ACRI petitions High Court to revoke cultural anti-boycott resolution

The “Regev amendments,” as they’ve been dubbed, would fine artists who refuse to perform in venues in the settlements while rewarding those who do perform there.

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October 5, 2016 22:40
2 minute read.
Miri Regev

Miri Regev. (photo credit: OBSERVER RESEARCH FOUNDATION)

 
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The Association for Civil Rights in Israel (ACRI) petitioned the High Court of Justice against Culture and Sports Minister Miri Regev, calling to revoke amendments initiated by the minister preventing artists from boycotting venues in Judea and Samaria.

The “Regev amendments,” as they’ve been dubbed, would fine artists who refuse to perform in venues in the settlements while rewarding those who do perform there, ACRI explained in its petition.

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“The issue of performing in settlements is unequivocally political, is under intense national controversy, and therefore you cannot force someone to perform there against their conscience," ACRI said.

The organization noted that cultural institutions performing in the Negev and the Galilee are eligible for state-funding, but "only those who perform in the settlements will receive an extra bonus, thus giving them an unacceptable priority.”

ACRI further noted that because the ministry's budget is determined in advance, "giving a bonus to one institution would inevitably harm the support of another." "In the forms that all cultural institutions must fill out, there is a requirement to state whether or not it will avoid performing in Judea and Samaria, but there is no requirement to state the reason why they will not appear there, it could be that there is no connection to political stances,” ACRI wrote.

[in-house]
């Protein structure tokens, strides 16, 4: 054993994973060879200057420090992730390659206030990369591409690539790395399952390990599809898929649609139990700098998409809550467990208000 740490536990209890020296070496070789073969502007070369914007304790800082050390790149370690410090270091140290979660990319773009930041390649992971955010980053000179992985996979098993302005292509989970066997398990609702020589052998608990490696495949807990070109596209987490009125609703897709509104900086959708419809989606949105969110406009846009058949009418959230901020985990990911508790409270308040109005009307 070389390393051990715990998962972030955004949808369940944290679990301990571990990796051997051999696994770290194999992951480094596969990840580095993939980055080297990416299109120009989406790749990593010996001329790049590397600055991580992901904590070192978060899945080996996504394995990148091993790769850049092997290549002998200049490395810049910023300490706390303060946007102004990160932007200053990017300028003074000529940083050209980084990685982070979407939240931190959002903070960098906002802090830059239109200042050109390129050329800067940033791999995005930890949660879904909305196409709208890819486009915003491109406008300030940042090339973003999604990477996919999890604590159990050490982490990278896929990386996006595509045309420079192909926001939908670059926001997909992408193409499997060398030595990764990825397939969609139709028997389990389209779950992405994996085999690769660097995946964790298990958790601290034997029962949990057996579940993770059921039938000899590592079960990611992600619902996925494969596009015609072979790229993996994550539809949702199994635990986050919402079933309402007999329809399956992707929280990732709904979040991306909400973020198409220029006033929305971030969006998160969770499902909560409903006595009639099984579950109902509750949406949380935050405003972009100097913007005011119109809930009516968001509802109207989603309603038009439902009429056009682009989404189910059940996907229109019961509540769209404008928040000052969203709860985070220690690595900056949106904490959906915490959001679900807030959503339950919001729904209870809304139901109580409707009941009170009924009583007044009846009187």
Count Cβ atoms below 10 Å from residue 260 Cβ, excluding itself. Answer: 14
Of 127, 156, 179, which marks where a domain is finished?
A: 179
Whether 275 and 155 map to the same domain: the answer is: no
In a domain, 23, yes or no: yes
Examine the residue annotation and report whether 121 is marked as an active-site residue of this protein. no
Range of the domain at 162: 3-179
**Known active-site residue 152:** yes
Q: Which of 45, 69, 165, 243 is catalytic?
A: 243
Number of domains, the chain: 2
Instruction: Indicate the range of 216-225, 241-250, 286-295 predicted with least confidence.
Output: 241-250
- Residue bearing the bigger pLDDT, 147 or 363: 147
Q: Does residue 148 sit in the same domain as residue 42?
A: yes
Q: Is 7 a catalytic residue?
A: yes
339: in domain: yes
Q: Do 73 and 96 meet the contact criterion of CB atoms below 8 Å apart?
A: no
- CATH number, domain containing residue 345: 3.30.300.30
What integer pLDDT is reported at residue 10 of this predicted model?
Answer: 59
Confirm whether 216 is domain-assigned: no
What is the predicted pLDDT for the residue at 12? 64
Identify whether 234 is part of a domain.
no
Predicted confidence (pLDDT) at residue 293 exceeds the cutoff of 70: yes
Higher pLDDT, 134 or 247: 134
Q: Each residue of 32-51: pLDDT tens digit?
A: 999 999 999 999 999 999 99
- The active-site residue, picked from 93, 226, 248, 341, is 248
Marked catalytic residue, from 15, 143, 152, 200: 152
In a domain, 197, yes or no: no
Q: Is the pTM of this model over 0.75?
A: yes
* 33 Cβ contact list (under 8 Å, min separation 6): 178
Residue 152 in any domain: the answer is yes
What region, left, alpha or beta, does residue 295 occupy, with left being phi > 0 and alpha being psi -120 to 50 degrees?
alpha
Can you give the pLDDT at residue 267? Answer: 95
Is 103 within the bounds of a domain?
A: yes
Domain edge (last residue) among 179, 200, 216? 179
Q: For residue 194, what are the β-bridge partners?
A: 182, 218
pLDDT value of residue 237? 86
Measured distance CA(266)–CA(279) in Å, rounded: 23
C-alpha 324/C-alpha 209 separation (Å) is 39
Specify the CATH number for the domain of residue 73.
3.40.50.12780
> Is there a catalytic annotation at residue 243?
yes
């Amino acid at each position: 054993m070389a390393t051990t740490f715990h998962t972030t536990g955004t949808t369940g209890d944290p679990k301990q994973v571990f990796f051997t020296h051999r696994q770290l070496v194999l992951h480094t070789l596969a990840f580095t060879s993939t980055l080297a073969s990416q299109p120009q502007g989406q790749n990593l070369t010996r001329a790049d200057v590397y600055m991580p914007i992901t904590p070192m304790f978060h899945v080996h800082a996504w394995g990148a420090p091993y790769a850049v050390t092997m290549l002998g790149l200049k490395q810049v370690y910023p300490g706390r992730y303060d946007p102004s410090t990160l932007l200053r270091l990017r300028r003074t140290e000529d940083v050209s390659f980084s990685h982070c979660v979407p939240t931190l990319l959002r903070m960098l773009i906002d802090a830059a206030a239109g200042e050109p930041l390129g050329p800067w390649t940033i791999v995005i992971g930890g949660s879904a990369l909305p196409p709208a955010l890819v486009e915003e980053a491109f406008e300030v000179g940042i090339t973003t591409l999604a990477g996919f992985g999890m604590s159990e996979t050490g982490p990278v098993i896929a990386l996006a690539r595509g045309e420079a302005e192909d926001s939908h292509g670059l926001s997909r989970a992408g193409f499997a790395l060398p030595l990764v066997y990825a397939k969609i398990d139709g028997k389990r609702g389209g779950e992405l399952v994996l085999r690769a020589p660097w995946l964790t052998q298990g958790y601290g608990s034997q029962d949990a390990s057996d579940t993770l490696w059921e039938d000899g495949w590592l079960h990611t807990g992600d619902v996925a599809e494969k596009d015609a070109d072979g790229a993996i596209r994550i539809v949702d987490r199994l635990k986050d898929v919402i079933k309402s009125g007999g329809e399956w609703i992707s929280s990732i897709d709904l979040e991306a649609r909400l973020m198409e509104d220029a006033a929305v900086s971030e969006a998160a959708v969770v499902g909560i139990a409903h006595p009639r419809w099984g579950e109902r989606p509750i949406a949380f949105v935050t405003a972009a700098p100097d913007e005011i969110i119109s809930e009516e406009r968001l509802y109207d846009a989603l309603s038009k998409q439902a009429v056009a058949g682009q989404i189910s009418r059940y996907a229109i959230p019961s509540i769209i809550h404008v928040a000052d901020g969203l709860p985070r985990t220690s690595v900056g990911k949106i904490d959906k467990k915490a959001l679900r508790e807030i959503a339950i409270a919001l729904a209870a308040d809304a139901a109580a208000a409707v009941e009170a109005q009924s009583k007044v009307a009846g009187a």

Adv. Dan Yakir, ACRI's legal advisor, said that these "tests" are not consistent with the current boycott law.

"The boycott law establishes sanctions only against those who call for a boycott or commit to take part in a boycott. The High Court explicitly ruled that the law does not apply to a theater that avoids performing in the settlements,” he said on Wednesday.



“Avoidance itself is not illegal, only a call for a boycott or a public declaration of participation in the boycott is,” he said.

Yakir said that Regev has clashed with what she coins the "art establishment" from her first day in office. He said she has repeatedly attempted to "bind artists" and has announced that the "freedom to finance" cultural institutions is at her discretion.

“Now, instead of harming artists for their political views, the Culture Minister tries to discriminate against them by the practical implication of their beliefs,” he said.

Earlier this year Regev presented her "Loyalty in Culture" proposal to the Knesset which seeks to withhold government funding to cultural institutions that incite to racism, violence or terrorism, or support armed conflict of terrorism against Israel.

The proposal would grant the Culture Minister the discretion to deny funding to any cultural institutions rejecting Israel’s existence as a Jewish and democratic state; marking the establishment of the State of Israel or Independence Day as a day of mourning – known as “Nakba Day” or “Catastrophe Day” in Arabic; or destroying or physically shaming the dignity of the Israeli flag or the state symbol.

The bill has not yet passed a vote to become law.

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